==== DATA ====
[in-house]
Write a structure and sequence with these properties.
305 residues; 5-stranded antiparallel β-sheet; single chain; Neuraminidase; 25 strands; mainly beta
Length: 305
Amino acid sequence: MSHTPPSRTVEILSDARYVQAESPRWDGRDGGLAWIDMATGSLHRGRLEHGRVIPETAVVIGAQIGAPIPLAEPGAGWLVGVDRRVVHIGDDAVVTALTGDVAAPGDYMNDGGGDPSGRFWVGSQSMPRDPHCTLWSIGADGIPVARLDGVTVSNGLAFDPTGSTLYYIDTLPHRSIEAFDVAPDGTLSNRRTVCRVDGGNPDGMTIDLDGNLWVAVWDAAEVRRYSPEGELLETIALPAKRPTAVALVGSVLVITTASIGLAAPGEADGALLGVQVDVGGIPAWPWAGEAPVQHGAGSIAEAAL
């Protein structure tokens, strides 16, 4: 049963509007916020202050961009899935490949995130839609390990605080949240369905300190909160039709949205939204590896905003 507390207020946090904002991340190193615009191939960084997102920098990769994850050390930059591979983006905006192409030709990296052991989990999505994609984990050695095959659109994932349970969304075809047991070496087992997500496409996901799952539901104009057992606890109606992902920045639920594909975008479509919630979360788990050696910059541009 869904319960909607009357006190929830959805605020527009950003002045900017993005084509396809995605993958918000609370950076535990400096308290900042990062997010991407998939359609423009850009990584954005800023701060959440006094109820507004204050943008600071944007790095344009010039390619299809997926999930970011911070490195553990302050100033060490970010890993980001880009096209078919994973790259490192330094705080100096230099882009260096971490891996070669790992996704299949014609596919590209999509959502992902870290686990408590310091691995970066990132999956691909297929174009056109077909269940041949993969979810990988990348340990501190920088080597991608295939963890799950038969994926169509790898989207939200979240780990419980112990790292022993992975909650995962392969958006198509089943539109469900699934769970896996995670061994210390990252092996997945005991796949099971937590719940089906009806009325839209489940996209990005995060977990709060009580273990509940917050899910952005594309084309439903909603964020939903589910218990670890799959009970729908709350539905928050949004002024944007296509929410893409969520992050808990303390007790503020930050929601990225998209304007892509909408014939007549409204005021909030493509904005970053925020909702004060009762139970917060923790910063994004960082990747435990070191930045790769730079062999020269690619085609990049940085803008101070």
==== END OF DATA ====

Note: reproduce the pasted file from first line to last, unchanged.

[in-house]
Write a structure and sequence with these properties.
305 residues; 5-stranded antiparallel β-sheet; single chain; Neuraminidase; 25 strands; mainly beta
Length: 305
Amino acid sequence: MSHTPPSRTVEILSDARYVQAESPRWDGRDGGLAWIDMATGSLHRGRLEHGRVIPETAVVIGAQIGAPIPLAEPGAGWLVGVDRRVVHIGDDAVVTALTGDVAAPGDYMNDGGGDPSGRFWVGSQSMPRDPHCTLWSIGADGIPVARLDGVTVSNGLAFDPTGSTLYYIDTLPHRSIEAFDVAPDGTLSNRRTVCRVDGGNPDGMTIDLDGNLWVAVWDAAEVRRYSPEGELLETIALPAKRPTAVALVGSVLVITTASIGLAAPGEADGALLGVQVDVGGIPAWPWAGEAPVQHGAGSIAEAAL
């Protein structure tokens, strides 16, 4: 049963509007916020202050961009899935490949995130839609390990605080949240369905300190909160039709949205939204590896905003 507390207020946090904002991340190193615009191939960084997102920098990769994850050390930059591979983006905006192409030709990296052991989990999505994609984990050695095959659109994932349970969304075809047991070496087992997500496409996901799952539901104009057992606890109606992902920045639920594909975008479509919630979360788990050696910059541009 869904319960909607009357006190929830959805605020527009950003002045900017993005084509396809995605993958918000609370950076535990400096308290900042990062997010991407998939359609423009850009990584954005800023701060959440006094109820507004204050943008600071944007790095344009010039390619299809997926999930970011911070490195553990302050100033060490970010890993980001880009096209078919994973790259490192330094705080100096230099882009260096971490891996070669790992996704299949014609596919590209999509959502992902870290686990408590310091691995970066990132999956691909297929174009056109077909269940041949993969979810990988990348340990501190920088080597991608295939963890799950038969994926169509790898989207939200979240780990419980112990790292022993992975909650995962392969958006198509089943539109469900699934769970896996995670061994210390990252092996997945005991796949099971937590719940089906009806009325839209489940996209990005995060977990709060009580273990509940917050899910952005594309084309439903909603964020939903589910218990670890799959009970729908709350539905928050949004002024944007296509929410893409969520992050808990303390007790503020930050929601990225998209304007892509909408014939007549409204005021909030493509904005970053925020909702004060009762139970917060923790910063994004960082990747435990070191930045790769730079062999020269690619085609990049940085803008101070």